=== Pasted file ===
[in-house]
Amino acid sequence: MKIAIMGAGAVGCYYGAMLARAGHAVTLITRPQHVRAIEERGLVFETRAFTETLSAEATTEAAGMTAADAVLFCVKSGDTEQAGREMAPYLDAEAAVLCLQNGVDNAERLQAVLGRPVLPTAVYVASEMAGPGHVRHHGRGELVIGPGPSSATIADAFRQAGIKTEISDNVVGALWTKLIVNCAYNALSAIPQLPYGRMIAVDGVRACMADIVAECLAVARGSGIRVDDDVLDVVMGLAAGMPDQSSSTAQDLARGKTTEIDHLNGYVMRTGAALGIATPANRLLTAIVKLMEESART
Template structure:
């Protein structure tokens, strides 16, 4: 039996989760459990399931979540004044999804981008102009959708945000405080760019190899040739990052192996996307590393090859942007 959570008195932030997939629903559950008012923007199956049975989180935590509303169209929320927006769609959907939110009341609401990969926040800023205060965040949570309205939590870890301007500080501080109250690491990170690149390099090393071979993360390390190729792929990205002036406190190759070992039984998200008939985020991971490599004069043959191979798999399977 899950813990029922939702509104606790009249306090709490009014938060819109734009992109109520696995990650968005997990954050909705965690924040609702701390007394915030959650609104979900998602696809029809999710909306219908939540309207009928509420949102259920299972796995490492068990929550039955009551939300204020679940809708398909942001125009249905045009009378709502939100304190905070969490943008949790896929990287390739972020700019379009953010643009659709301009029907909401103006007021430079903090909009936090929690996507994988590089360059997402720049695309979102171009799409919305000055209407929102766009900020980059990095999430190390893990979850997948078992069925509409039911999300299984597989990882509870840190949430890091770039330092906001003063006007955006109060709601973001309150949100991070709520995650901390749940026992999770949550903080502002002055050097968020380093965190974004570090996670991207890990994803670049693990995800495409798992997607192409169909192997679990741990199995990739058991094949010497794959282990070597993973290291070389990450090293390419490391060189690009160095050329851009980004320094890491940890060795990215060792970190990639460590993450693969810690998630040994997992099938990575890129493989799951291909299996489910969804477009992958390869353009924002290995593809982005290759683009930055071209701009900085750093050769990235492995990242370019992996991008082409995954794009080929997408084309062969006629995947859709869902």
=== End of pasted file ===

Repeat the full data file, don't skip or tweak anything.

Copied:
[in-house]
Amino acid sequence: MKIAIMGAGAVGCYYGAMLARAGHAVTLITRPQHVRAIEERGLVFETRAFTETLSAEATTEAAGMTAADAVLFCVKSGDTEQAGREMAPYLDAEAAVLCLQNGVDNAERLQAVLGRPVLPTAVYVASEMAGPGHVRHHGRGELVIGPGPSSATIADAFRQAGIKTEISDNVVGALWTKLIVNCAYNALSAIPQLPYGRMIAVDGVRACMADIVAECLAVARGSGIRVDDDVLDVVMGLAAGMPDQSSSTAQDLARGKTTEIDHLNGYVMRTGAALGIATPANRLLTAIVKLMEESART
Template structure:
């Protein structure tokens, strides 16, 4: 039996989760459990399931979540004044999804981008102009959708945000405080760019190899040739990052192996996307590393090859942007 959570008195932030997939629903559950008012923007199956049975989180935590509303169209929320927006769609959907939110009341609401990969926040800023205060965040949570309205939590870890301007500080501080109250690491990170690149390099090393071979993360390390190729792929990205002036406190190759070992039984998200008939985020991971490599004069043959191979798999399977 899950813990029922939702509104606790009249306090709490009014938060819109734009992109109520696995990650968005997990954050909705965690924040609702701390007394915030959650609104979900998602696809029809999710909306219908939540309207009928509420949102259920299972796995490492068990929550039955009551939300204020679940809708398909942001125009249905045009009378709502939100304190905070969490943008949790896929990287390739972020700019379009953010643009659709301009029907909401103006007021430079903090909009936090929690996507994988590089360059997402720049695309979102171009799409919305000055209407929102766009900020980059990095999430190390893990979850997948078992069925509409039911999300299984597989990882509870840190949430890091770039330092906001003063006007955006109060709601973001309150949100991070709520995650901390749940026992999770949550903080502002002055050097968020380093965190974004570090996670991207890990994803670049693990995800495409798992997607192409169909192997679990741990199995990739058991094949010497794959282990070597993973290291070389990450090293390419490391060189690009160095050329851009980004320094890491940890060795990215060792970190990639460590993450693969810690998630040994997992099938990575890129493989799951291909299996489910969804477009992958390869353009924002290995593809982005290759683009930055071209701009900085750093050769990235492995990242370019992996991008082409995954794009080929997408084309062969006629995947859709869902």